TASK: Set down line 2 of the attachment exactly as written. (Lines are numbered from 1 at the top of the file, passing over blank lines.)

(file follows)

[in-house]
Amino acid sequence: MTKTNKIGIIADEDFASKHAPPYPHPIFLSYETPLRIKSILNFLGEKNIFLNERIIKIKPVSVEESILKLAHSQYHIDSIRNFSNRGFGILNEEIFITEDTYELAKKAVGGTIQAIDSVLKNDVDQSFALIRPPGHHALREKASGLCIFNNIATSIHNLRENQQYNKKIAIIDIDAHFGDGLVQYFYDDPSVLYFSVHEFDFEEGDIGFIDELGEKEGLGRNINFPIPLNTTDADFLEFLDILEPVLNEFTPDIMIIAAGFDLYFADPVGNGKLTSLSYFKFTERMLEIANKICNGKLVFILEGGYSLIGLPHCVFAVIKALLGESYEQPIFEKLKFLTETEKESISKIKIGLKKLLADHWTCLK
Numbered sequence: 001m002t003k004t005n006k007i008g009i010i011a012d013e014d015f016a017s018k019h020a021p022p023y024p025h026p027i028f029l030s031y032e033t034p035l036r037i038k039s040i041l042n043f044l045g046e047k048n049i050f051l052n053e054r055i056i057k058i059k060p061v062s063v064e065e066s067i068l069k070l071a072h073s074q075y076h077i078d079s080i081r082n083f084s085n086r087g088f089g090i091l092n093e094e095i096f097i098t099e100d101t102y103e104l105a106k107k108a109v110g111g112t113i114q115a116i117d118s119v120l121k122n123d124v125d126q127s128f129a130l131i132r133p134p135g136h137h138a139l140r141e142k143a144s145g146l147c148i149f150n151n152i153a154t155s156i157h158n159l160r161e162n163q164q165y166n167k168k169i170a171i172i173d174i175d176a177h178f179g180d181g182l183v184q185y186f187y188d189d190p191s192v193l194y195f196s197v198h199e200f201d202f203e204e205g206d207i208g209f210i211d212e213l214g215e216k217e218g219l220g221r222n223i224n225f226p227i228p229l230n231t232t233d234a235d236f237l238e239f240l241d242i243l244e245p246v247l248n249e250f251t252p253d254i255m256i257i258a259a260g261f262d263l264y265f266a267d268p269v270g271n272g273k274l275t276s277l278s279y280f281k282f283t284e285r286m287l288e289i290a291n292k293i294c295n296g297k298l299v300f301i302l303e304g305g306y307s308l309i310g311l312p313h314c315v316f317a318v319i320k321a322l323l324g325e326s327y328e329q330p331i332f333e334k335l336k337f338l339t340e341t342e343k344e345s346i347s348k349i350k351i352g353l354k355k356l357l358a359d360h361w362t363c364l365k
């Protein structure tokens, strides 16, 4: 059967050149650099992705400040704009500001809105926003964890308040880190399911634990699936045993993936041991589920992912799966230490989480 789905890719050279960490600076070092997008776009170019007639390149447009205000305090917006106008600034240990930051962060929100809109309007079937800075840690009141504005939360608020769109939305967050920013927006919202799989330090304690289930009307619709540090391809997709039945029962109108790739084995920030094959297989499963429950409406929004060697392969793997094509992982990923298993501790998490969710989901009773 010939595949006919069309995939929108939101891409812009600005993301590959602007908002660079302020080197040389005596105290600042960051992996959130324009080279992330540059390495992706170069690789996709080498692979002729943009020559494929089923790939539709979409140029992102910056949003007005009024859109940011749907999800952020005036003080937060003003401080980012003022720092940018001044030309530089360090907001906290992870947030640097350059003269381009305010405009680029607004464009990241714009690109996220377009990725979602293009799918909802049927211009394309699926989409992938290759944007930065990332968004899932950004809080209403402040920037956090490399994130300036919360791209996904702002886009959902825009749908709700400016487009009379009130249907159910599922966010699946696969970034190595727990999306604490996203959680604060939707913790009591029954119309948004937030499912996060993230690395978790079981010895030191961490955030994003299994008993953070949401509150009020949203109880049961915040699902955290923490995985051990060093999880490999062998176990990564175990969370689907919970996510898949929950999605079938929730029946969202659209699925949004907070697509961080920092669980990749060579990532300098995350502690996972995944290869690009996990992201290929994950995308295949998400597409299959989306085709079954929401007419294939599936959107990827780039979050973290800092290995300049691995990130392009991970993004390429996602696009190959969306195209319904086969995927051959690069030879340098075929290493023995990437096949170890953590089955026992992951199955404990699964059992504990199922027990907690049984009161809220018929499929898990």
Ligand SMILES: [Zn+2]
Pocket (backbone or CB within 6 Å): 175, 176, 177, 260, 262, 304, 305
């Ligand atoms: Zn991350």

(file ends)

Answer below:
Amino acid sequence: MTKTNKIGIIADEDFASKHAPPYPHPIFLSYETPLRIKSILNFLGEKNIFLNERIIKIKPVSVEESILKLAHSQYHIDSIRNFSNRGFGILNEEIFITEDTYELAKKAVGGTIQAIDSVLKNDVDQSFALIRPPGHHALREKASGLCIFNNIATSIHNLRENQQYNKKIAIIDIDAHFGDGLVQYFYDDPSVLYFSVHEFDFEEGDIGFIDELGEKEGLGRNINFPIPLNTTDADFLEFLDILEPVLNEFTPDIMIIAAGFDLYFADPVGNGKLTSLSYFKFTERMLEIANKICNGKLVFILEGGYSLIGLPHCVFAVIKALLGESYEQPIFEKLKFLTETEKESISKIKIGLKKLLADHWTCLK